Breathe To Read

Breathe To Read

Saturday, January 19, 2019

Read The World - Pakistan - Three Cups Of Tea

Book: Three Cups of Tea
Author: Greg Mortenson
Pages: 349
Book takes place in the country: YES
Author is from the country: NO
I have visited: no

I read this book in 2017 as part of my reading challenge.  It was under a category "A Book In A Country I Know Little About".  I have not read a lot about Pakistan, so when my mom recommended this book, I wanted to try it.  I fell in love with this true story immediately.  However, it has gotten some negative press lately (there are rumors that some of it isn't true).  And when I brought it up to the reading groups that this was my Pakistan group, they agreed I should continue to hunt for something else to read for this country.  But for now, because I did love the story, I am keeping it.

This is the story of Greg Mortenson who has built over 100 schools in Pakistan.  He was a climber who was climbing K2 and failed.  He became very ill, and ended up in the village of Korphe where they cared for him until he was well.  While he was there, he got to know the people and their need for a school.  Inspired and outraged, he went home to figure out how he could raise the $12,000 needed to build a school.  As a single, registered nurse, he didn't have any money to do this himself.  He wrote over 500 letters, but finally one person offered to fund the school in its entirety.  He returned and built the school.  When his generous giver died, he left Greg 1 million dollars to start a foundation to build more schools and help the people of Pakistan.  The need for good schools - especially for girls - was large.  So were bridges and running water.  Great set out to do all of those things and succeeded.  Girls are not going to school and going on to college because of what he did.  He set out to prove that knowledge is power and it can change a society.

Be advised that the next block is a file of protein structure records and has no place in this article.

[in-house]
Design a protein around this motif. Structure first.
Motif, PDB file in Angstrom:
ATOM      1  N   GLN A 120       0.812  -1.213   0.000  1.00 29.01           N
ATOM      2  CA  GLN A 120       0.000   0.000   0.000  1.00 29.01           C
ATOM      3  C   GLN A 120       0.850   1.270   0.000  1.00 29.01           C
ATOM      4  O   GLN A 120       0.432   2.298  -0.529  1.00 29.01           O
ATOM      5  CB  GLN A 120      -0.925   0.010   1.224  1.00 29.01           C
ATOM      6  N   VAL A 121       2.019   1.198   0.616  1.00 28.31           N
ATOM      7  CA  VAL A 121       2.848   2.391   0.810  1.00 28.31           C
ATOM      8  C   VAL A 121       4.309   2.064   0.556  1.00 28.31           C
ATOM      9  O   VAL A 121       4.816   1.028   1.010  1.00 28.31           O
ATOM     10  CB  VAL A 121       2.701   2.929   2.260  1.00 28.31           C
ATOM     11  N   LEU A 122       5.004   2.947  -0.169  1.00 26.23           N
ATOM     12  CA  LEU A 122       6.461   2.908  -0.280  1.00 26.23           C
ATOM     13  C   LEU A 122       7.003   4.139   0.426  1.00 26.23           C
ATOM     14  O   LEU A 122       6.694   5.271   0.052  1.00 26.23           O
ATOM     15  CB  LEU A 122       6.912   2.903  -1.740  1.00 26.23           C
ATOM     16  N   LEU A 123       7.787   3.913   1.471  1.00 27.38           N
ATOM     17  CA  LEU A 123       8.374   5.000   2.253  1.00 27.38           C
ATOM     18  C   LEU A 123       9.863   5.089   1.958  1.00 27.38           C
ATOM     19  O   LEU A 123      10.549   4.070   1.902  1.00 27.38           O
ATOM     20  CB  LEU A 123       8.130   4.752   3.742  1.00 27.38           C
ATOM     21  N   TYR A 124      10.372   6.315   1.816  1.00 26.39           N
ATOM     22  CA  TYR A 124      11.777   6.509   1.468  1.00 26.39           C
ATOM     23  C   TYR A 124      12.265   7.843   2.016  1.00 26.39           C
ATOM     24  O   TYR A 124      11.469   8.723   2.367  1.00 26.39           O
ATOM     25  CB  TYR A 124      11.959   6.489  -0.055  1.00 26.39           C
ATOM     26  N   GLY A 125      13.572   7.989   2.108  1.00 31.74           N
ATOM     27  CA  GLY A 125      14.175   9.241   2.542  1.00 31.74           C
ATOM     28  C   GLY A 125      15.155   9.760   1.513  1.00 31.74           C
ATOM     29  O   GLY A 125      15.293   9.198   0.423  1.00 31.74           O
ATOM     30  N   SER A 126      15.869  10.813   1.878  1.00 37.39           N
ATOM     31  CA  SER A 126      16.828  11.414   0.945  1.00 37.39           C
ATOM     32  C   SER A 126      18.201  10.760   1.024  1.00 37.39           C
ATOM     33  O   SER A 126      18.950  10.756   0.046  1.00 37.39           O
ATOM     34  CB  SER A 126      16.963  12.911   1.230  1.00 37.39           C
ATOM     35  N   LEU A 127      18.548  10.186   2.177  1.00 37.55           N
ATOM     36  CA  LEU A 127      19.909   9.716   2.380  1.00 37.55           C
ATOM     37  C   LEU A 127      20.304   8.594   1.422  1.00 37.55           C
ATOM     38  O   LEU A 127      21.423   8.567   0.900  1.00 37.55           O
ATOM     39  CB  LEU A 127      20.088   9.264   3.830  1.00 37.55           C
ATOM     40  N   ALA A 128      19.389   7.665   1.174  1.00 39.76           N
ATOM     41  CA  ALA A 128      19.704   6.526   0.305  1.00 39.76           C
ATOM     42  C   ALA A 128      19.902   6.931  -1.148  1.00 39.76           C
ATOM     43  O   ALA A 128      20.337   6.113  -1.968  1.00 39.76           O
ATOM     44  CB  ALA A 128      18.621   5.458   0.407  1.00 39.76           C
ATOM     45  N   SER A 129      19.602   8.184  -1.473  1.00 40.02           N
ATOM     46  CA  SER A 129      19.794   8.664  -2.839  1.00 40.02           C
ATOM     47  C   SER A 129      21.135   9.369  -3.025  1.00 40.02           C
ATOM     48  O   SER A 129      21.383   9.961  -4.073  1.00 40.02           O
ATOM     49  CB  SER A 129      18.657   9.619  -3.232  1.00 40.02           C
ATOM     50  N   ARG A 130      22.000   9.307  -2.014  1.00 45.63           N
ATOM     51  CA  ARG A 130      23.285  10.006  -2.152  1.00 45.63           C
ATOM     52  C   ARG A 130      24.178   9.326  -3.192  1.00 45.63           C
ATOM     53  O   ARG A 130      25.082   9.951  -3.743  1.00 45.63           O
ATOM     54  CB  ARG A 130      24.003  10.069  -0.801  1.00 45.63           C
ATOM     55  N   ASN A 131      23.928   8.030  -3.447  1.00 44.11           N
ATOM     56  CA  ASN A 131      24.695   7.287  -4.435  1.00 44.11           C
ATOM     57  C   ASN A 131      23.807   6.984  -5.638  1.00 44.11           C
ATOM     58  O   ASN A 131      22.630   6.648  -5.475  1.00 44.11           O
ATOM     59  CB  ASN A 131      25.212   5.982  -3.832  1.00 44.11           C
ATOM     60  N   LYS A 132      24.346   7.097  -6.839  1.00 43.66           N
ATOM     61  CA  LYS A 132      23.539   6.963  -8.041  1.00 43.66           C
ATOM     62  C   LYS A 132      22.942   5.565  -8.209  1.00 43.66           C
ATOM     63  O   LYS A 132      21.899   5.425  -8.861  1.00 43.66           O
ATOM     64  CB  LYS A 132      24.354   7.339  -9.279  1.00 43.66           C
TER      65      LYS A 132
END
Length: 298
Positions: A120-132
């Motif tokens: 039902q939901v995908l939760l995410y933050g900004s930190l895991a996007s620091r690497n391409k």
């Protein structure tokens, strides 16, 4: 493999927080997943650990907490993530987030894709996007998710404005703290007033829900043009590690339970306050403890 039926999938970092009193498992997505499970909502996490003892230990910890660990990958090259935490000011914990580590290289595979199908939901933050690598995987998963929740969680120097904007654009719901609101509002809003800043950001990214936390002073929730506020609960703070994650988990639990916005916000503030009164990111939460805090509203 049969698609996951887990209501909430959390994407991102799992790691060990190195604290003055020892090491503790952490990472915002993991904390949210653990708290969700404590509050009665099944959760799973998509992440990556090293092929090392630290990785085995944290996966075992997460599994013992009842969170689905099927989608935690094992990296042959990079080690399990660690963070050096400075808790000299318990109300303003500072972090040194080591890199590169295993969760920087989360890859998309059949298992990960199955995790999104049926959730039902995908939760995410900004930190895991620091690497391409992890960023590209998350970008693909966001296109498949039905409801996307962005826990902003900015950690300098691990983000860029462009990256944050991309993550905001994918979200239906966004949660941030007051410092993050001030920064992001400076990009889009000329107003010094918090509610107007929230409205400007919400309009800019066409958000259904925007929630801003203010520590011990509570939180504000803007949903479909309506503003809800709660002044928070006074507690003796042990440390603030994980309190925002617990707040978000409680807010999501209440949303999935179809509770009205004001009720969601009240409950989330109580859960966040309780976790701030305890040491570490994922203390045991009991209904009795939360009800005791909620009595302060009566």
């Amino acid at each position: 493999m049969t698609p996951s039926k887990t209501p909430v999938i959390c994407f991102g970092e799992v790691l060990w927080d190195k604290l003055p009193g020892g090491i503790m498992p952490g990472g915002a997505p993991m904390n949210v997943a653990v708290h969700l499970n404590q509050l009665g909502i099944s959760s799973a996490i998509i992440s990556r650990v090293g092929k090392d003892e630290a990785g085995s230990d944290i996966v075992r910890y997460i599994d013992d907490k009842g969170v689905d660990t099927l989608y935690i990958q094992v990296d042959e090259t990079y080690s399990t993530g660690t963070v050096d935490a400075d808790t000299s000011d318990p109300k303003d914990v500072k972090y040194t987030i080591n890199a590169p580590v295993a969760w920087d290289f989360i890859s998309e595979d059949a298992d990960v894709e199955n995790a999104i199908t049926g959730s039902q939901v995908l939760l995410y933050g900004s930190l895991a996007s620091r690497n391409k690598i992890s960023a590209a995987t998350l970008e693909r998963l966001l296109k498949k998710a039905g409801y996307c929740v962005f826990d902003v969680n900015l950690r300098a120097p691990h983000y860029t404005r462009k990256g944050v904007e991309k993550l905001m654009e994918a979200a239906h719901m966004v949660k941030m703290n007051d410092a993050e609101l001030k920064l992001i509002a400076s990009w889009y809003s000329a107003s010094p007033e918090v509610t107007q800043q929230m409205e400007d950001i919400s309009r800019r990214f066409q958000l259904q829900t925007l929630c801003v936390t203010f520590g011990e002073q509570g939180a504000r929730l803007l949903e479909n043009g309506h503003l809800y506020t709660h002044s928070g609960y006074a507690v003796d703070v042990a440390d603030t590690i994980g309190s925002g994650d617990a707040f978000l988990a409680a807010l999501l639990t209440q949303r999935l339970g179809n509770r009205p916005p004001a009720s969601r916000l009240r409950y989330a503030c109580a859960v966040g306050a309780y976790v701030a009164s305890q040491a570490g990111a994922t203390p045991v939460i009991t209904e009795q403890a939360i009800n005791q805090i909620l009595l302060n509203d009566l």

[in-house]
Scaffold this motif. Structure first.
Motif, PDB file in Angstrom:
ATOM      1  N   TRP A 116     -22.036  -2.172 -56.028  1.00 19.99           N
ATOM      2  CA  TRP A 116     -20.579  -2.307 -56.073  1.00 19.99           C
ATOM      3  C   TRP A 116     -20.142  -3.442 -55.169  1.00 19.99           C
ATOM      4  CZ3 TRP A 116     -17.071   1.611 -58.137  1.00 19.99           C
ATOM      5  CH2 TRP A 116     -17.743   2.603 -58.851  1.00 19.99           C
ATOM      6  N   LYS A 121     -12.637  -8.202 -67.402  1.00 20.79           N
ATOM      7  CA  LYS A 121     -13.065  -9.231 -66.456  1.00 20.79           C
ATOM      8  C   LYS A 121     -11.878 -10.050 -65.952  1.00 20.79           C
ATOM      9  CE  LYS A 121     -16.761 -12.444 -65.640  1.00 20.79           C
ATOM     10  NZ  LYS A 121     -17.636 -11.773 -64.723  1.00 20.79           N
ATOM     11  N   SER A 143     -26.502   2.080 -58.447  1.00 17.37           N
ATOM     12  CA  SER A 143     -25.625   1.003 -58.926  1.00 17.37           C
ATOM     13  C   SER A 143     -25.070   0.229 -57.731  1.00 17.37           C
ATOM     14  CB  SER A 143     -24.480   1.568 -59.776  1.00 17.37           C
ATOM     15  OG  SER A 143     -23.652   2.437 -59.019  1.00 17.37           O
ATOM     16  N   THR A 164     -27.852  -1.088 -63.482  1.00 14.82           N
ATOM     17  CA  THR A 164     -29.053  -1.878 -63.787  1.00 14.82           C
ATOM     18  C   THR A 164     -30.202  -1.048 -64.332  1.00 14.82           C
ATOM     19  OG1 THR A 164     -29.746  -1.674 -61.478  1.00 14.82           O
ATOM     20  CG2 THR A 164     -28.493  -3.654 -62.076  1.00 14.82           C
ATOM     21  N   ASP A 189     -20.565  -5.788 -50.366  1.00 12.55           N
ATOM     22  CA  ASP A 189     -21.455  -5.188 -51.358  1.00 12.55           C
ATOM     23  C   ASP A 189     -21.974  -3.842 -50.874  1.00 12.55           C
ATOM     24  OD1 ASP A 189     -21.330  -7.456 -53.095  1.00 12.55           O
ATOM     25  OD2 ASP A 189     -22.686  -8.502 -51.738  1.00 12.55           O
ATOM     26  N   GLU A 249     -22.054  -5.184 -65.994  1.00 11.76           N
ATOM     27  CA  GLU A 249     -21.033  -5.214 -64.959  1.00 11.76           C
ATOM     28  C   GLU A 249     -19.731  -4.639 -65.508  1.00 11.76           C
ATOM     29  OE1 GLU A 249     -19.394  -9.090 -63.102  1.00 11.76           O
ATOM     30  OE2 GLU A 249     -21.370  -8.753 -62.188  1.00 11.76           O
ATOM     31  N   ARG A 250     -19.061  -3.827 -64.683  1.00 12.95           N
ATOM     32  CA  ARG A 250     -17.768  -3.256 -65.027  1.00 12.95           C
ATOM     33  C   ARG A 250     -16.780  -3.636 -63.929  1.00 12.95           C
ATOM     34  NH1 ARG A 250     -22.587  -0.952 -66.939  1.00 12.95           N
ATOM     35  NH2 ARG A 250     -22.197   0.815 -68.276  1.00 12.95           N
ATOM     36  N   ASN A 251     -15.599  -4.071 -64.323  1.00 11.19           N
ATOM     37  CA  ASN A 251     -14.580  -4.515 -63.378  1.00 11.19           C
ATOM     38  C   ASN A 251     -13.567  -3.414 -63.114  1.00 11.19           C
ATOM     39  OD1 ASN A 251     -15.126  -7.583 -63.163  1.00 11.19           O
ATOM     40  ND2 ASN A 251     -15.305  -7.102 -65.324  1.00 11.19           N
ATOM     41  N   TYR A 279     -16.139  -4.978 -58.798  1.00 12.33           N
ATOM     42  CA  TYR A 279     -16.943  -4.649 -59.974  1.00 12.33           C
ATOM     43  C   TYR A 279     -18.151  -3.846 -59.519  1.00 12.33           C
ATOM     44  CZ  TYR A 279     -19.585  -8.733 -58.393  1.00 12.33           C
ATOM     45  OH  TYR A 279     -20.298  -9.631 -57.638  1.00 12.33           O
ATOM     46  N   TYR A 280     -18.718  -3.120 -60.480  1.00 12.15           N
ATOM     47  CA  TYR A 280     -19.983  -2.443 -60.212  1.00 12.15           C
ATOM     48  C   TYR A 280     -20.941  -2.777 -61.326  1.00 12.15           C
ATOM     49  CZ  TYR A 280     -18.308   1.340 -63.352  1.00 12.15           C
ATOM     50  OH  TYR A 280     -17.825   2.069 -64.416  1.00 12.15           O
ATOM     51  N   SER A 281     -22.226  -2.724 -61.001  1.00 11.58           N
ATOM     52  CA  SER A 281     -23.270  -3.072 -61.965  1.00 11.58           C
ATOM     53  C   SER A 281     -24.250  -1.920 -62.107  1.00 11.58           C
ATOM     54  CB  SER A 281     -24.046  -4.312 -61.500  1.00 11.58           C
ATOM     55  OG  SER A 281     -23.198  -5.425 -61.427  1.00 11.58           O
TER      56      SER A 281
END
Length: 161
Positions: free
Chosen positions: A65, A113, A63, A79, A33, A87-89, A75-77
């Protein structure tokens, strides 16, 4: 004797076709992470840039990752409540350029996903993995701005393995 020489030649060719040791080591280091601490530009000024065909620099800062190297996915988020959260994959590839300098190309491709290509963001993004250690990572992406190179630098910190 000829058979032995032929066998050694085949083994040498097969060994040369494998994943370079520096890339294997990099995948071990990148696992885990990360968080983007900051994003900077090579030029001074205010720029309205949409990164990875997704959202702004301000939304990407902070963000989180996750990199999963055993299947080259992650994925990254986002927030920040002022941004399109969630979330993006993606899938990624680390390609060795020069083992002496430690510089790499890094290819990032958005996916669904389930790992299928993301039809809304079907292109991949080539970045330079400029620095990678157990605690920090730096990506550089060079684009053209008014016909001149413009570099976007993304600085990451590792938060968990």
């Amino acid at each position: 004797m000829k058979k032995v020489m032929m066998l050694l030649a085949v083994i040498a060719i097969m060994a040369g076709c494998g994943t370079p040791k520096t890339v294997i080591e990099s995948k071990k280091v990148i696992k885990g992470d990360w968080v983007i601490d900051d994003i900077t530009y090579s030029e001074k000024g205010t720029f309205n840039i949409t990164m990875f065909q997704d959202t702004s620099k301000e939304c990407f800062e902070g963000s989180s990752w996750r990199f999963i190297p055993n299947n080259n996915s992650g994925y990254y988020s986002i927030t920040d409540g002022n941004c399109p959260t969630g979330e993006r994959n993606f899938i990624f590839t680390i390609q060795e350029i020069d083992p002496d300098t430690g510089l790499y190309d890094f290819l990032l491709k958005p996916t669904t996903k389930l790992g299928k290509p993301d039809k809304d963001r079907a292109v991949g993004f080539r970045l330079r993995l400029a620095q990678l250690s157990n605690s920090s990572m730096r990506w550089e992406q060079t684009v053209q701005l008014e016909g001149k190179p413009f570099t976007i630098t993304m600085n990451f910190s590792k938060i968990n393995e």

This was a great book.  I was fascinated by the Pakistan culture and also by the kindness the people showed a white man from America.  I learned more about the true meaning of what it means to be a Muslim (kindness and giving and brotherhood) and the different between those who are truly religious and those who are not.  It was interesting to see how what we would consider cheaply built schools could change the lives of 1000s and 1000s of children and change their futures.

Great book.  I encourage you to read it.

Stars: 5


  1. This sounds really nice! I work with a lot of Muslims from all over the Middle East and I can attest they are some of the sweetest people ever!

  2. Oh this sounds interesting! I don't know much about Pakistan either, but I would love to learn more about the culture. I think it's important to improve the lives of others if you have lots yourself, but if you don't, and you still devote yourself to helping others, that's really inspiring

  3. I've also read some objections to the "white savior" narrative (e.g., a white man brings education and resources to a less "civilized" society, implying that Westernization is better than the society's own traditions) on top of the allegations that it's untrue, but I haven't read the book myself so obviously I can't say whether I agree with them. Glad you enjoyed it, and great review!